Code creation:CalcIt

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CalcIt is a console calculator written in Java. What makes it different from other calculator applications is that it uses Vietnam's math notation.

You can check out its code here. Licensed under MIT.


CalcIt can be used as:

  • a normal console application for evaluating math expressions.
  • a library for other applications to evaluate expressions.



As a program[edit]

CalcIt can be run as a standalone program in the command line.

  • If it is supplied arguments, those arguments will be merged into one string as the expression to calculate. It will print the result if valid and then exit.
  • If it is run without arguments, it will act as an “interpreter” that takes user’s input and gives the result out. To calculate an expression, just type it in and press Enter. The following commands are also available when typed in and press Enter:
    • help: Prints out the general help.
    • vars: Prints out the variables’ values.
    • exit: Exits the interpreter as well as the program.

Also, when nothing is typed and Enter is pressed, if there was a successful expression calculated previously in the session, it will be called back to calculate again.

As a library[edit]

Use the class Calculator. After making a new instance of it, calculate an expression by invoking the method calculate(String expression), which returns a value of type double.

If the expression contains errors, the library will throw ExpressionInvalidException, which contains a detailed message of the cause and the error location.

A variable can be retrieved by calling getVariable(int var).

More detailed descriptions can be found in the library’s Javadoc.


The library takes a mathematical expression in the form of a String. If the expression is valid, it will output the result evaluated from that expression.

Any spaces in the expression will be removed.


The library accepts numbers with comma (,) as the decimal separator. Example: 16; 35,25.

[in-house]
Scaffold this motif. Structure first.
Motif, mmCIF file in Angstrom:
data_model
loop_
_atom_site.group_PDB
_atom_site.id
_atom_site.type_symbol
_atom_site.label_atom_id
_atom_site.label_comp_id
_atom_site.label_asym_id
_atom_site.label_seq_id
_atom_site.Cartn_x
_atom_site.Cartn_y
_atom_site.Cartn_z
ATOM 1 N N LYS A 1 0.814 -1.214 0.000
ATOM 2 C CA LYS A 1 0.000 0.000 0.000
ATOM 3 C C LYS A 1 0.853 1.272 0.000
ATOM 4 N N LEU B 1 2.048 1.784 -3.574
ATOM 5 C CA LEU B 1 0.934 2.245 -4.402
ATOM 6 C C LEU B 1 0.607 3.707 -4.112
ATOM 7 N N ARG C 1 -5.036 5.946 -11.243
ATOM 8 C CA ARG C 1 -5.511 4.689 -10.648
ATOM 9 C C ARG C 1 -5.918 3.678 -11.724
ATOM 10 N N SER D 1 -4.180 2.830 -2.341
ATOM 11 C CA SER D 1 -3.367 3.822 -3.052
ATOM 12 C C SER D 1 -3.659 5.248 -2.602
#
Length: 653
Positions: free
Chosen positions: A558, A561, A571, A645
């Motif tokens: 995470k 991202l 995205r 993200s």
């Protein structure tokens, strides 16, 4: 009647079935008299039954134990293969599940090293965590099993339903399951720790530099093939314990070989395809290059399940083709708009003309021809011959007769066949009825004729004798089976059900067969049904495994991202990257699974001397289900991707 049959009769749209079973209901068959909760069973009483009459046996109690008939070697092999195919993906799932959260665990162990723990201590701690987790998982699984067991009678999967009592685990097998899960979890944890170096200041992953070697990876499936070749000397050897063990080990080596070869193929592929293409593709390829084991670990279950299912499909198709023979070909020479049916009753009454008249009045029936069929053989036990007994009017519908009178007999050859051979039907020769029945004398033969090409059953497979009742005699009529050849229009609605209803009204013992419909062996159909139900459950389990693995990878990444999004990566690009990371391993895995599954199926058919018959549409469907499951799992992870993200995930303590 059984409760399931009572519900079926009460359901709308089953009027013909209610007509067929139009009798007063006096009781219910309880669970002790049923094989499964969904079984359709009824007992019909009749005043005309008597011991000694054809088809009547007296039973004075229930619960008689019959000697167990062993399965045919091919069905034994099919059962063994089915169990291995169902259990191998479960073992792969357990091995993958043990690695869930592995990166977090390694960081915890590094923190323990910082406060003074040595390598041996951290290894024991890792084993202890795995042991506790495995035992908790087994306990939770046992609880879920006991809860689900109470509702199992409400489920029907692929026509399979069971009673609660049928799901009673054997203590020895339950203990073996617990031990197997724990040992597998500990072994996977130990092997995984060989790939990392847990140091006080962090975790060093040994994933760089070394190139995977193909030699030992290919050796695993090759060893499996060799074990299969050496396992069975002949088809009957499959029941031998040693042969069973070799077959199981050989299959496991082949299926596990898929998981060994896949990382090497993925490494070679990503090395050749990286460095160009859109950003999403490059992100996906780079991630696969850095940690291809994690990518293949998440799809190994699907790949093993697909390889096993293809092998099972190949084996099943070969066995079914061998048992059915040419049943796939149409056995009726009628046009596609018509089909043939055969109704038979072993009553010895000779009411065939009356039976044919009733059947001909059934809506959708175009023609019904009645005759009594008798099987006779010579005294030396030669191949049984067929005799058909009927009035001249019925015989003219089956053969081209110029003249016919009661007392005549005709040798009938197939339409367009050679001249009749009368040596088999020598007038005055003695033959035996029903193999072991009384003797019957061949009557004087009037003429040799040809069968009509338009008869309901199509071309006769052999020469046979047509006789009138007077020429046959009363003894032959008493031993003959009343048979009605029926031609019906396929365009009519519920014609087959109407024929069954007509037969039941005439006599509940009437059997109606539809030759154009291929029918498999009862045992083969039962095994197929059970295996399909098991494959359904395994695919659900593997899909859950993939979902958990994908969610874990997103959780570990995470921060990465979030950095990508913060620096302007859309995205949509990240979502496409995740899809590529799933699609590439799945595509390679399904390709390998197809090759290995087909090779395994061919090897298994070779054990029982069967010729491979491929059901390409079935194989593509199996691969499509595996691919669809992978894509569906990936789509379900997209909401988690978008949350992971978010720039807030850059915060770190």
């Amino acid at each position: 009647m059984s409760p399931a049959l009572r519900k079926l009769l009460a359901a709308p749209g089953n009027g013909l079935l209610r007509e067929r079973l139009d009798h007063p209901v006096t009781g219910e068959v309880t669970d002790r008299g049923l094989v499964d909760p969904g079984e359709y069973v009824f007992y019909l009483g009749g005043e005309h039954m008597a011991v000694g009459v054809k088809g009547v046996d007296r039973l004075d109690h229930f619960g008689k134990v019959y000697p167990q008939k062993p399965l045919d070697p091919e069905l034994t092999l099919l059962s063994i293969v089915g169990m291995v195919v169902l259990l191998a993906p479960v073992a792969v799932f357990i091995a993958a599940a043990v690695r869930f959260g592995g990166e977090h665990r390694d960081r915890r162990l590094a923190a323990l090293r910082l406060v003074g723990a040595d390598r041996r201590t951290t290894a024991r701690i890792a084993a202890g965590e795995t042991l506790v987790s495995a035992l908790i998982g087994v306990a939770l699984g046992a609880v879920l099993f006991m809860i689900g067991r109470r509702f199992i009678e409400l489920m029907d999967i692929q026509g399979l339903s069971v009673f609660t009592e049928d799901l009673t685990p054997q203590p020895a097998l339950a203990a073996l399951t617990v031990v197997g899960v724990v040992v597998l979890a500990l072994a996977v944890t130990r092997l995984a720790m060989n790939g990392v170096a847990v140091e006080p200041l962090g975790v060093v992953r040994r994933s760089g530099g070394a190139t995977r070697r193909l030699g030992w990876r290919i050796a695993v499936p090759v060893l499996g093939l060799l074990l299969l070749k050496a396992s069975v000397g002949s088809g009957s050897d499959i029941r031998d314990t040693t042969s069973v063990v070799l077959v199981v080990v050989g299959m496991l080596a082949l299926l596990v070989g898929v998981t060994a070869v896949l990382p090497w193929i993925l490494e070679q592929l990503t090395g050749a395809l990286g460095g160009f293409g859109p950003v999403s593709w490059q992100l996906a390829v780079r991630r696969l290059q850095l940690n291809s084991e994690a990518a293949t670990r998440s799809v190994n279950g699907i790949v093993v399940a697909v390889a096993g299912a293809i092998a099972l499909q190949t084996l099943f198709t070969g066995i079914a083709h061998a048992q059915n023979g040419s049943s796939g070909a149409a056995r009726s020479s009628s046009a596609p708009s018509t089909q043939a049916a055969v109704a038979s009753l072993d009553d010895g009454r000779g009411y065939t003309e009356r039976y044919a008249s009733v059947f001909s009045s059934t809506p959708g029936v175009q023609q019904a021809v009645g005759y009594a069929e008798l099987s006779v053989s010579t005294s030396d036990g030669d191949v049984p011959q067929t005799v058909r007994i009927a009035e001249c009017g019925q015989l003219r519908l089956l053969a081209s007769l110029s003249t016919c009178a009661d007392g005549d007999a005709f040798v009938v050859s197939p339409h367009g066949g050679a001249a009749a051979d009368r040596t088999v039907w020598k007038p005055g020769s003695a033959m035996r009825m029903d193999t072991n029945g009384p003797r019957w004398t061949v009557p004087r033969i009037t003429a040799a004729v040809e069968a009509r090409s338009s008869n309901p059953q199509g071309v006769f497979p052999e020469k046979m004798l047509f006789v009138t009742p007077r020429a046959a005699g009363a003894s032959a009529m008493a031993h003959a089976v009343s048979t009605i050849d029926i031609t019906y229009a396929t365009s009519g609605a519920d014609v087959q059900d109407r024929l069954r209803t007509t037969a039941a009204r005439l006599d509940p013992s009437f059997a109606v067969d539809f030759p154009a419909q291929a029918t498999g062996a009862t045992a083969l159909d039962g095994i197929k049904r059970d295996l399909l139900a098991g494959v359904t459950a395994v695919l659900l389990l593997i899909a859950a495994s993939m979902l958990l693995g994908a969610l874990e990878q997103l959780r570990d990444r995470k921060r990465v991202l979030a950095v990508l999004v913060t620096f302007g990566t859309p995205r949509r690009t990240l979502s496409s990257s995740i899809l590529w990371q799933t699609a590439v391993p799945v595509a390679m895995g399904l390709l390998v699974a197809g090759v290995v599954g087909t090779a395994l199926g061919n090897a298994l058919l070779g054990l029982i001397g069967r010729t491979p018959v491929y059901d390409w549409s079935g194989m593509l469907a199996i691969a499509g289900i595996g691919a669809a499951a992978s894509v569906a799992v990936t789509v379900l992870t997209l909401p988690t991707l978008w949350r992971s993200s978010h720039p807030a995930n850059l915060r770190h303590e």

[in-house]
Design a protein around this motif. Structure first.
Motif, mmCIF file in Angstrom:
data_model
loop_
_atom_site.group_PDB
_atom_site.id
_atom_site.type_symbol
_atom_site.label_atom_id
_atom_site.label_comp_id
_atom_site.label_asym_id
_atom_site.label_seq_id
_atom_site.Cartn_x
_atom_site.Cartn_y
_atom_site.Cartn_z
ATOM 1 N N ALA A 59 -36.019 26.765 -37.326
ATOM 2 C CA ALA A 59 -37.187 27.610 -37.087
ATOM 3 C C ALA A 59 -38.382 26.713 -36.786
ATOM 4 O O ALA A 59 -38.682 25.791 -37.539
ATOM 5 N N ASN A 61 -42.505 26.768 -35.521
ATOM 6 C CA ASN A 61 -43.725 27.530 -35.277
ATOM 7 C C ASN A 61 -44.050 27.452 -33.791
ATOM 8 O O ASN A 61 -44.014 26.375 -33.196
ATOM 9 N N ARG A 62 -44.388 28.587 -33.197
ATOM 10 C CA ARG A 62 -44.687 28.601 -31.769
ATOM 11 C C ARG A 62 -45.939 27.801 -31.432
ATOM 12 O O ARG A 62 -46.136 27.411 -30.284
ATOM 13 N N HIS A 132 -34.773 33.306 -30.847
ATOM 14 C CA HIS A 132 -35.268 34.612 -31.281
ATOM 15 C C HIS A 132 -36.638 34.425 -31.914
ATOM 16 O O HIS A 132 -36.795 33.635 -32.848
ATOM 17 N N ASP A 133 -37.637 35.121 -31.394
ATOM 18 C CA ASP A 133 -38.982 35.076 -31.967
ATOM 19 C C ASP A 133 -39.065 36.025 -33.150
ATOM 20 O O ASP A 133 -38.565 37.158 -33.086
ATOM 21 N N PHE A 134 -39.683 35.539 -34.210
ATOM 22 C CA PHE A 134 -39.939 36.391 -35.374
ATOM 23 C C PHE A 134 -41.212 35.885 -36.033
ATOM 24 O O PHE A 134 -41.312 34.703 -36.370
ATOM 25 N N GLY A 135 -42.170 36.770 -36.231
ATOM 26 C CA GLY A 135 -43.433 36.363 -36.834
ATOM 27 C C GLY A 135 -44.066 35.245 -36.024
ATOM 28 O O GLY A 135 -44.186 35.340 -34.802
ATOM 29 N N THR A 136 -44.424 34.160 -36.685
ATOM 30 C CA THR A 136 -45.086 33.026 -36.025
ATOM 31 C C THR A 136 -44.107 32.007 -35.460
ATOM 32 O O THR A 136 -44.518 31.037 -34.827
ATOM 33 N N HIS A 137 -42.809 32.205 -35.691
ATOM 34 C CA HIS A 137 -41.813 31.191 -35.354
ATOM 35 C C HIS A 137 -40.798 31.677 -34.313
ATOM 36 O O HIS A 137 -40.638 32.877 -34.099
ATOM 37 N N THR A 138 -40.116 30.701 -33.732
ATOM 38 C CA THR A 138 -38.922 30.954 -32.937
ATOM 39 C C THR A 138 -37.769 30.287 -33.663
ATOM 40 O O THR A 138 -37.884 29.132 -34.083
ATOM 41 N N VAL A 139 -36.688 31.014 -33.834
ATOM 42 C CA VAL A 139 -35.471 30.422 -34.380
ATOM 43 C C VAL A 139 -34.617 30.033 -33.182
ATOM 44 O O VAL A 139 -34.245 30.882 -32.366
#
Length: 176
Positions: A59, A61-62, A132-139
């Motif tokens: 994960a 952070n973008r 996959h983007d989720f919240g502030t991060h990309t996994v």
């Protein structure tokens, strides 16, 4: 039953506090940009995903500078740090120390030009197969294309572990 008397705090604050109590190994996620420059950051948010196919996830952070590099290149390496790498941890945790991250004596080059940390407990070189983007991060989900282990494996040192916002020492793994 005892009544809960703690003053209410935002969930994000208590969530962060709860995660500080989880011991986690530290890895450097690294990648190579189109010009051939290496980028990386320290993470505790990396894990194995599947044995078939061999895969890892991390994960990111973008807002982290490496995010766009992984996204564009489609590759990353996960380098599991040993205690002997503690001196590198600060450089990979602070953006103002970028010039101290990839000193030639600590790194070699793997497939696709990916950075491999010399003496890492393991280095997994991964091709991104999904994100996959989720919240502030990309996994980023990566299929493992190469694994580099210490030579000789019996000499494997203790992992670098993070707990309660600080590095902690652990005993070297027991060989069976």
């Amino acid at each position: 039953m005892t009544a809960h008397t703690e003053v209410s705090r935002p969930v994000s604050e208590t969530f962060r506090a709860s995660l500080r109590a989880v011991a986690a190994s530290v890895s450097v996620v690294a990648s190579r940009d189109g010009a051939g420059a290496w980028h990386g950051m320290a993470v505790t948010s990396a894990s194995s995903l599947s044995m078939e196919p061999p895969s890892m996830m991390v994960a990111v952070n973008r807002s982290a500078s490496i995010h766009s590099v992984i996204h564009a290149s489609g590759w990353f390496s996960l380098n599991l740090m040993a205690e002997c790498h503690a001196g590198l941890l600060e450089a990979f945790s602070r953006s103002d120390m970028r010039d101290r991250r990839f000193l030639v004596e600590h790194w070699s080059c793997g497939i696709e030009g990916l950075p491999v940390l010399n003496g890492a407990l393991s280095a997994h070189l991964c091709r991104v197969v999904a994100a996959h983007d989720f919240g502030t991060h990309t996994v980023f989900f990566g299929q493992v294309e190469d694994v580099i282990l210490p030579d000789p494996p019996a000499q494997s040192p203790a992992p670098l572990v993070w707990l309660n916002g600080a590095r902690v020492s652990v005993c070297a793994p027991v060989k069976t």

Percent sign (%) can be appended at the end of a number, dividing the number by 100. For example: 16% = 0,16; 35 . 16% = 35 . 0,16 = 5,6. Only one percent sign is permitted after a number.

The library also accepts pi (case nonsensitive) as a number, which is converted to 3,141592653589793.


The library accepts these operators:

Operator Description Example
+ Addition 16 + 25 = 41
Subtraction 16 – 25 = -9
. Multiplication 16 . 25 = 400
: Division 16 : 25 = 0,64
^ Exponentiation 5 ^ 3 = 125
v Root 3 v 125 = 5
& AND (for integers) 13 & 7 = 5
| OR (for integers) 13 | 7 = 15


These functions take a value in their bracelets as their inputs. Example: sin(45); cos[113]. If there is nothing inside the bracelet, the it will be treated as 0.

Name Description
sin Trigonometric sine
cos Trigonometric cosine
tan Trigonometric tangent
cot Trigonometric cotangent
log Base 10 logarithm
ln Natural (base e) logarithm


Three kinds of bracelets are accepted: () [] {}, but two braces in a pair must be matching. For example, [16.(35+25)] is valid, but [16.(35+25]) and [16.(35+25)} are not.

Empty bracelets () [] {} are treated as zeros.

If bracelets aren't closed at the end of the expression, the library will automatically close them.

The library doesn’t treat things right before a bracelet and the bracelet itself as a multiplication. That means, 16(3+5) is not valid.


Each instance of Calculator class and the program will have 6 user-assignable variables: A; B; C; D; E; F, which are initialized by 0, and can be assigned with <variable name> = <expression>. It also has 2 special variables: Ans & PreAns. Ans stores the result of the last calculation, and PreAns stores the result of the calculation right before that. These two numbers are also initialized by 0, and they cannot be assigned the way 6 former variables are.

The variables’ names are not case-sensitive, so they can be written freely, such as a; B; ANS; preans; pReAnS, and are still perfectly acceptable.

Multiple variables can be assigned at once.


If two operators have the same priority and are next to each other, they will be calculated from left to right.

Priority Operators/Symbols
First Things in bracelets; functions
Second Exponentiation (^); Root (v)
Third Multiplication (.); Division (:)
Fourth Addition (+); Subtraction (-)
Fifth AND (&)
Sixth OR (|)